More than charity
Rabobank Foundation turns 40
Amid all the debates on development aid, Rabobank Foundation has for forty years been holding steadfast to its mission: to offer disadvantaged people the prospect of an independent existence.
When is development aid genuinely effective? Which preconditions must it meet? These questions fuel extensive debate. A number of critical books on this theme have been published in recent years. One example is William Easterly’s controversial book entitled The White Man’s Burden published in 2006. Why has development aid done more evil than good? In his book, the development economist criticises the colonial attitude that appears to lurk behind a great deal of development aid. Zambian economist Dambisa Moyo took the world by surprise with her book entitled Dead Aid published in 2009. Her hypothesis: mass financial aid to Africa leads to (greater) corruption, apathy and dependence. Dutch Minster for Foreign Trade and Development Cooperation Lilianne Ploumen aims to combine aid and trade in such a way that it benefits both the aid recipients and the Netherlands’ economic interests. Her policy receives both support and strong criticism.
No unconditional aid
The Rabobank Foundation was founded in 1973 and offers disadvantaged groups the prospect of a better life by providing donations, loans, knowledge and expertise. Rabobank Foundation supports small farmers’ cooperatives and savings and loan cooperatives in 24 countries in Asia, Africa and South America. What is Rabobank Foundation’s vision on development aid? ‘We prefer not to use the term aid,’ says Rabobank Foundation Director Pierre van Hedel. ‘It sends out the wrong message. You create a relationship of dependency when there is aid without preconditions. We conversely focus on self-sufficiency.’ Africa and Latin America Regional manager Albert Boogaard adds: ‘We support people in the process of improving their socio-economic position. But we do this on the condition that they demonstrate own initiative and make an own contribution in the form of money or labour. We provide loans under business and banking terms and conditions. There is the greatest chance that people will over time be able to fend for themselves when you appeal to their own capabilities from day one.’ Van Hedel refers to the history of Rabobank. ‘The first cooperative bank was established in the late nineteenth century based on the idea that self-sufficiency and not charity leads to sustainable improvement. This is also our starting point. We actually practice development aid “new style”, but we have already been doing it for forty years as part of a cooperative bank with a history dating back more than a century.’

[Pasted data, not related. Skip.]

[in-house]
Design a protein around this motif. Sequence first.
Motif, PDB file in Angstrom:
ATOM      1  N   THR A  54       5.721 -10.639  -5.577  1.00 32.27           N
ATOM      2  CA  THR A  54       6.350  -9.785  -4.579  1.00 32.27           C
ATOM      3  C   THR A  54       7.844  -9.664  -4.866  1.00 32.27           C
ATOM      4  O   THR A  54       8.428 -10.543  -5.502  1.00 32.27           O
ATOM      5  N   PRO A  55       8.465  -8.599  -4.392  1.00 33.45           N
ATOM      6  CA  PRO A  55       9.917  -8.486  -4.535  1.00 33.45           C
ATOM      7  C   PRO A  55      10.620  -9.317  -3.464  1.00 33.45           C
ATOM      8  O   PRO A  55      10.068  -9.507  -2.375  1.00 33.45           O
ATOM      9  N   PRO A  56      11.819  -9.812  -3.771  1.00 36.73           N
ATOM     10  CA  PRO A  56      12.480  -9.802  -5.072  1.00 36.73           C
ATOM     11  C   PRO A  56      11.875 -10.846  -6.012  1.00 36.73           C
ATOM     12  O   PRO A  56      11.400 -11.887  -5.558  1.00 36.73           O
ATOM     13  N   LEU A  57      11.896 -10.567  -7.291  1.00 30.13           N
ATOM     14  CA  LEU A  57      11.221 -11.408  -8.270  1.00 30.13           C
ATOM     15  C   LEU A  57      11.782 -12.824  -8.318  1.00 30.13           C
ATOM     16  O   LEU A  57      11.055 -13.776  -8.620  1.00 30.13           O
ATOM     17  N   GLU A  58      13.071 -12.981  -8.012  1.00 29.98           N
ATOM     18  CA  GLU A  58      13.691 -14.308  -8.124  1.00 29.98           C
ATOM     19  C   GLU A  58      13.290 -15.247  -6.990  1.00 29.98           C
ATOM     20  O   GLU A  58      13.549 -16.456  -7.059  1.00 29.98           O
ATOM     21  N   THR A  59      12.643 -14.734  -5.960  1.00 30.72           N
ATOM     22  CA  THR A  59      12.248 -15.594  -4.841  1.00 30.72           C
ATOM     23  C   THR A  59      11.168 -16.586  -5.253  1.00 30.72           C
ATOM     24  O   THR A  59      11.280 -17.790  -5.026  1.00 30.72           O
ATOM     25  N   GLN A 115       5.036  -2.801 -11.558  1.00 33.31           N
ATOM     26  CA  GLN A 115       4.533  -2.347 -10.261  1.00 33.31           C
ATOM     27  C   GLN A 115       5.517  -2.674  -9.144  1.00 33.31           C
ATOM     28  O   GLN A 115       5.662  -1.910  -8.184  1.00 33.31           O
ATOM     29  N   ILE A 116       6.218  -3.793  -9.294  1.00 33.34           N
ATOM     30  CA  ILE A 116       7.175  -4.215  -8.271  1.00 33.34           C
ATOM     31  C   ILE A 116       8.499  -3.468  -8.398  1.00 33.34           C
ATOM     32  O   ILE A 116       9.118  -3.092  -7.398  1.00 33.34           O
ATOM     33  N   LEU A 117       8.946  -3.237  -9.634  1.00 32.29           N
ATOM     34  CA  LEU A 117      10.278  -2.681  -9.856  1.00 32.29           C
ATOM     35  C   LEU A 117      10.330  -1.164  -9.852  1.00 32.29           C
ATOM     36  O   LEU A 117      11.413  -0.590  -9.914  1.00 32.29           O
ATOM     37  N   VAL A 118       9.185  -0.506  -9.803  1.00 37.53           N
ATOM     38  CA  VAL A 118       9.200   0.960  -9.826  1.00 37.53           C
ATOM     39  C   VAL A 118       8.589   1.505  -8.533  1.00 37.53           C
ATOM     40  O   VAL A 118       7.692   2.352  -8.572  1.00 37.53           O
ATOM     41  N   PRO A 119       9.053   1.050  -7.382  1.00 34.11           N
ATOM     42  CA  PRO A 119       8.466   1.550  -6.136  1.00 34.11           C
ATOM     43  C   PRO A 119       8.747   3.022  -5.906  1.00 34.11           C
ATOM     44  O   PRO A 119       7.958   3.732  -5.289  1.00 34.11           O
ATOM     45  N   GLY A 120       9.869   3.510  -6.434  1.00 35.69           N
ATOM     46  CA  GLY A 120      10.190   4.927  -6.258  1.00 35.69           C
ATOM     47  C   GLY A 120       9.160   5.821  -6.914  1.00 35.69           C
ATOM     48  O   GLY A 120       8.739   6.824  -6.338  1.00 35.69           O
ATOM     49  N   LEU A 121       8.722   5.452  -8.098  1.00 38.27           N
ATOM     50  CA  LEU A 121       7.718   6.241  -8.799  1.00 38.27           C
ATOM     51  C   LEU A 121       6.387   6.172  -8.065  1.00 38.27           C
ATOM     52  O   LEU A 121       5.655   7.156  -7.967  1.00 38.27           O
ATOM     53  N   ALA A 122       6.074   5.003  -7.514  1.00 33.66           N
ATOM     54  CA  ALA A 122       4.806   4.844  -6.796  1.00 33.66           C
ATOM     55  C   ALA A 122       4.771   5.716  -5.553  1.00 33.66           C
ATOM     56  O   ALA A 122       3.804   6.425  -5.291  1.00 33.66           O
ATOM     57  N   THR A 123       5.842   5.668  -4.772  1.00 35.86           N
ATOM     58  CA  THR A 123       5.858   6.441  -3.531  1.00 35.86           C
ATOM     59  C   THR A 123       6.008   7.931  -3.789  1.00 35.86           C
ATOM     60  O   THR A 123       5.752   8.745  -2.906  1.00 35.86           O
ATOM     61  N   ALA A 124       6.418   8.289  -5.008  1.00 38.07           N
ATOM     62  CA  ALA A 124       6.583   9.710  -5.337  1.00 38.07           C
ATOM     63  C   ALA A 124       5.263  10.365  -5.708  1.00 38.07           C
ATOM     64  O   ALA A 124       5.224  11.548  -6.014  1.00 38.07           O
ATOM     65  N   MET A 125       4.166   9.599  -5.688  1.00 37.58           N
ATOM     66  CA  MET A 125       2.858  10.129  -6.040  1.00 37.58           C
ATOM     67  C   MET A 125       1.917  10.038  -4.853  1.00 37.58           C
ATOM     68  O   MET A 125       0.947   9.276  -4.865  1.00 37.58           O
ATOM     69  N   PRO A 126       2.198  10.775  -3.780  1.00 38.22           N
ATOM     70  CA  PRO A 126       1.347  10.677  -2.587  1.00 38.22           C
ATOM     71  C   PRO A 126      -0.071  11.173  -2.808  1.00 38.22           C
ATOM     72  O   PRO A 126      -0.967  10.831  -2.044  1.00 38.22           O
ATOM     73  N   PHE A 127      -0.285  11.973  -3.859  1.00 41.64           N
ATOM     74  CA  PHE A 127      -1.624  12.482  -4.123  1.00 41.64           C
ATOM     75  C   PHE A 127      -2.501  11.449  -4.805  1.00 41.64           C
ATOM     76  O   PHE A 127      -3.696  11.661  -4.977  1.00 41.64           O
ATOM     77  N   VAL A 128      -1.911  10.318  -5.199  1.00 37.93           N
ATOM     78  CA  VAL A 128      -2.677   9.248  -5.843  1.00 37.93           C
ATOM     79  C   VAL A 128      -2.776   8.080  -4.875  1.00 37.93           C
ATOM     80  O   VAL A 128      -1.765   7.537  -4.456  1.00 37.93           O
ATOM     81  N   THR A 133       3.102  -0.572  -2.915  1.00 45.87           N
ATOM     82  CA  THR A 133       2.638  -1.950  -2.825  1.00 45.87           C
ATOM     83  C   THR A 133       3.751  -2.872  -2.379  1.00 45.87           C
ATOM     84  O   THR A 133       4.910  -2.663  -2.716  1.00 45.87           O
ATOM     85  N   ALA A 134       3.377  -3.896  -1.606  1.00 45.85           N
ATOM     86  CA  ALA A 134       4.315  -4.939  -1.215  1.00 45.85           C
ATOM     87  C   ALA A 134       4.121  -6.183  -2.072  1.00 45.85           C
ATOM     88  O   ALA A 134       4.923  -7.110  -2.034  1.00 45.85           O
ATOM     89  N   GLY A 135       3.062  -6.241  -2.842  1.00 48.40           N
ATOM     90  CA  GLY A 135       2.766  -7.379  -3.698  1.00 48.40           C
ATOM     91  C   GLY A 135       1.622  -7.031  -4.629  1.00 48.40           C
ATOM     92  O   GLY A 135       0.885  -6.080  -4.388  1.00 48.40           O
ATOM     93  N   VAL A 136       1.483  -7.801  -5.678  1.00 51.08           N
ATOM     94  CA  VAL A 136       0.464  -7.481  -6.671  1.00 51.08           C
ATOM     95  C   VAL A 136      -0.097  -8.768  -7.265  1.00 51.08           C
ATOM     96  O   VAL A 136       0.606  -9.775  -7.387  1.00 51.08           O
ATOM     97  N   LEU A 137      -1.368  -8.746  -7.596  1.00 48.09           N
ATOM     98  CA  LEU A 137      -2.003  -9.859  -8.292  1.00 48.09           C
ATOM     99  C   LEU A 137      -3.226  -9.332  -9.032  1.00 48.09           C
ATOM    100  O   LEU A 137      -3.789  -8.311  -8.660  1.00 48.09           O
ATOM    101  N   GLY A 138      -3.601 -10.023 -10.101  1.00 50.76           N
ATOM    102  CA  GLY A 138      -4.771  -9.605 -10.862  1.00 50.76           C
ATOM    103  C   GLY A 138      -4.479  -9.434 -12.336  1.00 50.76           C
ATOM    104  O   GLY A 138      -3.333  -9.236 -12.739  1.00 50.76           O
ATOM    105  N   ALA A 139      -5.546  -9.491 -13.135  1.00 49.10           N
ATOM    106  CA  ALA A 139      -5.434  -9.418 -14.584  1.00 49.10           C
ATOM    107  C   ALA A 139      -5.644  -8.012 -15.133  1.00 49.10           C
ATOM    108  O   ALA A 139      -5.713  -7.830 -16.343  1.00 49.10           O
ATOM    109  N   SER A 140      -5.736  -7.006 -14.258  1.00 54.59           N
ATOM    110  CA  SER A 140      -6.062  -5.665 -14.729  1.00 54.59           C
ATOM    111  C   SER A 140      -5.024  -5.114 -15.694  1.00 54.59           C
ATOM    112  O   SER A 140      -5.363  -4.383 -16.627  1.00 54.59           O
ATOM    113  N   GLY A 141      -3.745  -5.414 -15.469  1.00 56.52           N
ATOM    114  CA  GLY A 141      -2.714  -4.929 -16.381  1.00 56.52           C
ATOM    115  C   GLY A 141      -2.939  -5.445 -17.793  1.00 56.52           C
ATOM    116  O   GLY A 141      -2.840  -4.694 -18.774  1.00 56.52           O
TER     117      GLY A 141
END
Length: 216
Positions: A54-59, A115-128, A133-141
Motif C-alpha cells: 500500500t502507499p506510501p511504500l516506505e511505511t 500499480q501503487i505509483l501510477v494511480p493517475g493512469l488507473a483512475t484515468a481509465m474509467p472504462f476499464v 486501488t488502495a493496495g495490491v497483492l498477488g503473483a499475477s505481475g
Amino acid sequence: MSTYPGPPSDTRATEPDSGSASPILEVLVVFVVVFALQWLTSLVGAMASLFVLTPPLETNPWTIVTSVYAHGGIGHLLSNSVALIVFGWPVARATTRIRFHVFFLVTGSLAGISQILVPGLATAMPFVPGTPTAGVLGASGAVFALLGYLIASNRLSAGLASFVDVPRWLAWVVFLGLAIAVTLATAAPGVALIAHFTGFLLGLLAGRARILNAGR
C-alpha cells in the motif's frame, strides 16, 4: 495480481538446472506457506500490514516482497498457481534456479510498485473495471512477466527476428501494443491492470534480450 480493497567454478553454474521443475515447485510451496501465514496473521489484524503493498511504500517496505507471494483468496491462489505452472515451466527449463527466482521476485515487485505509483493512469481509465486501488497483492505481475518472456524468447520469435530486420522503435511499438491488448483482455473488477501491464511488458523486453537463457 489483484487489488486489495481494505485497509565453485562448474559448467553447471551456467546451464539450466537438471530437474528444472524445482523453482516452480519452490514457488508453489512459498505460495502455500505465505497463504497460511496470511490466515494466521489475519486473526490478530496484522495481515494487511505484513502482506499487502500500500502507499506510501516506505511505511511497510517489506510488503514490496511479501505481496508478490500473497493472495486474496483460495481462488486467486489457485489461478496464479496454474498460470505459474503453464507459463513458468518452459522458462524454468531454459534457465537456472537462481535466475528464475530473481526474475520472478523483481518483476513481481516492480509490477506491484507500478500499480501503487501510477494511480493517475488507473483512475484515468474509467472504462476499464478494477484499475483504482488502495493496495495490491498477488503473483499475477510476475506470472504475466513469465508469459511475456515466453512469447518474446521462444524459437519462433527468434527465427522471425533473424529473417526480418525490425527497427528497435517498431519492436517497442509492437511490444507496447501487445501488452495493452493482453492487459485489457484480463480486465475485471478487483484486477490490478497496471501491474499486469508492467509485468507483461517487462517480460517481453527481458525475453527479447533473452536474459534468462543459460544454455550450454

Rabobank Foundation has been involved in more than two hundred international projects. One example of such a project is in the Indian state of Andhra Pradesh where Rabobank Foundation supports a cooperative of around a thousand female dairy farmers who earn their livelihoods through the production and sale of milk. ‘The farmers used to be dependent upon local traders and moneylenders. Setting up a cooperative has enabled them to increase their production and the members receive a better price for their milk,’ explains Van Hedel. In order to add extra impetus to this growth, Rabobank Foundation provided a loan that the cooperative can use to make microcredit available to the farmers. This enables them to buy extra cows. ‘By providing this kind of support, we help these women farmers strengthen their cooperative and improve their income position. This is the way to set an upward course into motion. It is successful because the women accept responsibility themselves.’
While Rabobank Foundation’s vision of development aid has remained unaltered for forty years, the emphasis of the approach has changed. ‘We used to donate money more often. We now provide primarily loans,’ explains Van Hedel. ‘A donated truck is broken down after three years. A truck financed with a loan will last for twenty years,’ says Boogaard. ‘We have also become much more selective in the choice of our projects,’ Van Hedel says. ‘Even though healthcare and accommodation are important themes for example, they fall outside our focus area. We know about farmers, cooperatives and money. We put this expertise to work in our international policy. And that is what we will continue to do for the next forty years.’
Rabobank Foundation supports national projects in the Netherlands that are aimed at helping disadvantaged people get ahead socio-economically. ‘Our related focus is on labour participation, (financial) education and social participation,’ explains Roelie van Stempvoort, Programme Manager Netherlands. ‘Our target group is comprised of people who have a physical, intellectual or psychological disability and children and young people who have a problematic background or are growing up in poverty.’ Rabobank Foundation reaches this target group through nationally-orientated social welfare organisations. They can count on both financial support and access to the Rabobank network. ‘We have, for example, been affiliated with the Emma at Work Foundation for a number of years,’ says Van Stempvoort. ‘It is a non-profit temporary employment agency that helps young people with a physical disability to find a job. Together with Nibud (National Institute for Family Finance Information) and Humanitas, we are training volunteers to help people who have financial difficulties to put their finances in order. We also support the Special Olympics Netherlands organisation that makes it possible for people with an intellectual disability to play sports at a high level.’ These are just a few examples. Van Stempvoort: ‘The underlying idea is that everyone must be able to participate fully in society. Social and economic self-sufficiency are the related focus.’